Sequoia funding won’t be enough for charter school

The Sequoia High School District is poised to spend $1.65 million on property for a local charter high school, but building a campus on the site will require new bond money.

The district’s board will be asked tonight to approve the purchase of the land on Myrtle Street in East Palo Alto, across the street from East Side Prep. If approved, the move would cap nearly five years of searching for a home for East Palo Alto Charter High School, district Finance Director Ed LaVigne said.

East Palo Alto Charter High School is part of a K-12 charter school operated by the Ravenswood School District. Because its high school students live within the Sequoia district boundaries, Sequoia is required under state law to provide a campus for those students, Sequoia Superintendent Pat Gemma said.

Providing space for another charter school, Summit Preparatory High School, has proved “hugely expensive,” Gemma said. “On Summit alone, we spent about $11 million. It gets up there.”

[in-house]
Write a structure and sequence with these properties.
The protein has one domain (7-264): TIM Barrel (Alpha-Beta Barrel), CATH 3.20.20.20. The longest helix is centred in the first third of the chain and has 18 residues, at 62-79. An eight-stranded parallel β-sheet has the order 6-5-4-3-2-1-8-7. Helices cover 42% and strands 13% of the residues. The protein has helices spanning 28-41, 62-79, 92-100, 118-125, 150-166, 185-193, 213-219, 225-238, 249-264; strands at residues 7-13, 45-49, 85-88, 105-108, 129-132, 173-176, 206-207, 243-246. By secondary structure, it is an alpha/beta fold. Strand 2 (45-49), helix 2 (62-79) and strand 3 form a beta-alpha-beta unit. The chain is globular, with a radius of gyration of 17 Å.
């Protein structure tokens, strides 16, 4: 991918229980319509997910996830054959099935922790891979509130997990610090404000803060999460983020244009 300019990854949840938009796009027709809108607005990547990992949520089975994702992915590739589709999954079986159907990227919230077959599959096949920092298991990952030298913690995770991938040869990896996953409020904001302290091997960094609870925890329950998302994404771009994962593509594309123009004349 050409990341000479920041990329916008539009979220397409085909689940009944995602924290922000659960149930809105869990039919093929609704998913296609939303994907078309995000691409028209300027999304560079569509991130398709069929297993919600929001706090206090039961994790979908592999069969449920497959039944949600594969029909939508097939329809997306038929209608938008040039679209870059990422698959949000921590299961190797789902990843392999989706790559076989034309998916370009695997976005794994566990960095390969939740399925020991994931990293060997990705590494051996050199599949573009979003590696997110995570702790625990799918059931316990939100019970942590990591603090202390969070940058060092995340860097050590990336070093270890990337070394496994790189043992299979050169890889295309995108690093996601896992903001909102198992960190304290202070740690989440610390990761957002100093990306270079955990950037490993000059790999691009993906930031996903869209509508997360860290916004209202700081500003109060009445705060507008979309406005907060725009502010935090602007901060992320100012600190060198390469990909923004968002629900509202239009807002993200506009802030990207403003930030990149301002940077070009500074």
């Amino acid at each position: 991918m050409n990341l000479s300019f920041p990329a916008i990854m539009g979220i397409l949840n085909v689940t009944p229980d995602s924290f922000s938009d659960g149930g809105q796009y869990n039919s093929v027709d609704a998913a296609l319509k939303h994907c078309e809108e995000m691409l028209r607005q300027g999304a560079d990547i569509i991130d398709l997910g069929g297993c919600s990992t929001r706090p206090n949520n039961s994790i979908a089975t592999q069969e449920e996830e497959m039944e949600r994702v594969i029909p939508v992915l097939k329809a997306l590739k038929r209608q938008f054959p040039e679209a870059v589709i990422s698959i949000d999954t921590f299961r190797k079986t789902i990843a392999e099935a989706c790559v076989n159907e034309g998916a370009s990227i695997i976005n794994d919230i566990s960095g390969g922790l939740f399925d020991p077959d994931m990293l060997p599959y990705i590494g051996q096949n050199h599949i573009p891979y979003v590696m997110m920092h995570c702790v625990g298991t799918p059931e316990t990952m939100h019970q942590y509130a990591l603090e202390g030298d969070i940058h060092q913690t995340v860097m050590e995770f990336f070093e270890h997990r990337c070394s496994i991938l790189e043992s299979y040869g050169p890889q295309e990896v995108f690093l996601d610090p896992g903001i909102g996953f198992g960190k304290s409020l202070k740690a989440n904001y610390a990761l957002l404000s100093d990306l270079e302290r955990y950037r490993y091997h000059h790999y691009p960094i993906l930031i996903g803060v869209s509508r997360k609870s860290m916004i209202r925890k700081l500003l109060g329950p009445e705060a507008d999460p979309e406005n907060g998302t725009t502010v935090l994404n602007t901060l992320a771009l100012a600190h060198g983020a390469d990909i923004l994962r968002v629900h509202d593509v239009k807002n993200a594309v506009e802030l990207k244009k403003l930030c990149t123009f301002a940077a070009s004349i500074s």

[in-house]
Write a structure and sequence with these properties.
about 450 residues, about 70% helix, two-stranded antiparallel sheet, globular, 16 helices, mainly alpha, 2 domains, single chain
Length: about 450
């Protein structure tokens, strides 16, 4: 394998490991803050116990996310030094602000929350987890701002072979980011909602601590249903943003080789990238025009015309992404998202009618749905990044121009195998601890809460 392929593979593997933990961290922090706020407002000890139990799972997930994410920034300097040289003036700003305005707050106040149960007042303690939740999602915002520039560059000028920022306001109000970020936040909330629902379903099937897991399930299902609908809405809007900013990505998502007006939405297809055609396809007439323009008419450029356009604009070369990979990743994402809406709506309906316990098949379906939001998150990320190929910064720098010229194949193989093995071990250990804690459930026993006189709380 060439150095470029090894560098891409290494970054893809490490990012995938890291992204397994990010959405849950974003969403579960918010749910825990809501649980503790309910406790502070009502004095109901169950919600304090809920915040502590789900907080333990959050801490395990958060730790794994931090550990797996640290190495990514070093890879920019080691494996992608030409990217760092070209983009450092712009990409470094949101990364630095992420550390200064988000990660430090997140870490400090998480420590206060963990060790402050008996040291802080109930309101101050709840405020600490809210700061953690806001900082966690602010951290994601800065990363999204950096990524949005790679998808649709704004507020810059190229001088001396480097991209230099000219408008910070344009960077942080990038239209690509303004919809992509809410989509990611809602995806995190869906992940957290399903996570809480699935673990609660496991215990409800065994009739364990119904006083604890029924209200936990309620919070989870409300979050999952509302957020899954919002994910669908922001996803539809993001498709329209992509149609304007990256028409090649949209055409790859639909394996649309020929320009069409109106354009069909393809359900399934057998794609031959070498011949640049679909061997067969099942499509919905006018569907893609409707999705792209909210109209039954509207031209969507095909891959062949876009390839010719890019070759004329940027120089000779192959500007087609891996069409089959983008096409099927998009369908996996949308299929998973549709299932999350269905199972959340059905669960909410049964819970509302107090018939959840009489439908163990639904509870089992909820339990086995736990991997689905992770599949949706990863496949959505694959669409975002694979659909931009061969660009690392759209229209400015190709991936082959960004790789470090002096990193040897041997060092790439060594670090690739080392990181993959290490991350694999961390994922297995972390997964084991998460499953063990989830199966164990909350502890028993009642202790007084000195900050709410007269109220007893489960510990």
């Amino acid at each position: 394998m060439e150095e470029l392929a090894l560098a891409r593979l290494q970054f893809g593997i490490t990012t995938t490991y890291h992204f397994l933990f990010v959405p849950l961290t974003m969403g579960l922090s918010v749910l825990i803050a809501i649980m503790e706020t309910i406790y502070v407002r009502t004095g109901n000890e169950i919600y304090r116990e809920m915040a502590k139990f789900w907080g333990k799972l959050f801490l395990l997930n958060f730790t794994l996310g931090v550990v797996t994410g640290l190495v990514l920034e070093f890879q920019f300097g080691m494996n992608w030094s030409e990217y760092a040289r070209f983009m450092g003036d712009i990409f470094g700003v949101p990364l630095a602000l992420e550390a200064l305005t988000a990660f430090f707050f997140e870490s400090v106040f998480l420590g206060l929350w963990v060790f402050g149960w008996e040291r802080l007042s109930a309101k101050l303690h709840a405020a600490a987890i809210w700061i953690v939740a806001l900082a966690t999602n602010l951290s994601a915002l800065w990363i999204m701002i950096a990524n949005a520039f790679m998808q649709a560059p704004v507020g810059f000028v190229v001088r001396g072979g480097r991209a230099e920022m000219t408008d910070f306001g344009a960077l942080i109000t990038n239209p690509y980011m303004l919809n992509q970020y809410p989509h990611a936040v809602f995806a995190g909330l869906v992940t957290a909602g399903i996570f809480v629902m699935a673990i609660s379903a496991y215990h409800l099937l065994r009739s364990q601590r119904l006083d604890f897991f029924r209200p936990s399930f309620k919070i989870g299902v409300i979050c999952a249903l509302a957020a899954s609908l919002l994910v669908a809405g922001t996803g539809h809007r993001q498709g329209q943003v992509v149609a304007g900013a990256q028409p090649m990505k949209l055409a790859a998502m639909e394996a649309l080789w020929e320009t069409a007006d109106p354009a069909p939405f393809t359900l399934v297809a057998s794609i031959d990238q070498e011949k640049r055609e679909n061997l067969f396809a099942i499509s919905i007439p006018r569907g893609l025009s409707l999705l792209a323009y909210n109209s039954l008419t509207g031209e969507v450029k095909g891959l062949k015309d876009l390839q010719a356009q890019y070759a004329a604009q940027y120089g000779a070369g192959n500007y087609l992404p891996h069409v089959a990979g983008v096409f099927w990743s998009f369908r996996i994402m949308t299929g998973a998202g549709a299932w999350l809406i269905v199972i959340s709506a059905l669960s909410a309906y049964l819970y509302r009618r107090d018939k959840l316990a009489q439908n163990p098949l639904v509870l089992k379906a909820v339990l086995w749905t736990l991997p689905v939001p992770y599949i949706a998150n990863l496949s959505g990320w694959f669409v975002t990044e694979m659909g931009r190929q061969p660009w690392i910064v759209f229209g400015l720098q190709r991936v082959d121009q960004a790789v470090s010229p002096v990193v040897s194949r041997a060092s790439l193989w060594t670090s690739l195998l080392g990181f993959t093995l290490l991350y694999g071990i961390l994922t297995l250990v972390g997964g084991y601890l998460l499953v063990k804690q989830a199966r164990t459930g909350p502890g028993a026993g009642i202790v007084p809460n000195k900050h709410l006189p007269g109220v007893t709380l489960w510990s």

The district also recently spent $2.4 million to purchase the Redwood Baptist Church property on Fifth Avenue, where it will eventually build a campus for its adult and trade school, Gemma said.

While the district has the money to buy the Myrtle Street property, it doesn’t have the funds to build a new campus — and is weighing a new bond measure that would pay for that and other district-wide upgrades, said Don Gibson, a district trustee. The construction cost for a bare-bones school is roughly $500 per square foot, and the school might need as much as 20,000 square feet of space, LaVigne said.

Officials with East Palo Alto Charter High School did not return calls for comment Tuesday. The school is using space in one of Ravenswood’s campuses, at 1286 Runnymede St.

The school’s leaders are hoping to grow to a size of 400 students, but trustees may want to see it go as high as 500, Gibson said.

“There may be a need for a larger school, and if they’re willing to do that, it’ll be better for the community,” Gibson said.

Meanwhile, the board may decide before the end of this monthwhether to go out for another bond, one that would cost homeowners roughly $10 per year per $100,000 of assessed value. If approved, the bond could go before voters in February, Gemma said.

bwinegarner@examiner.com

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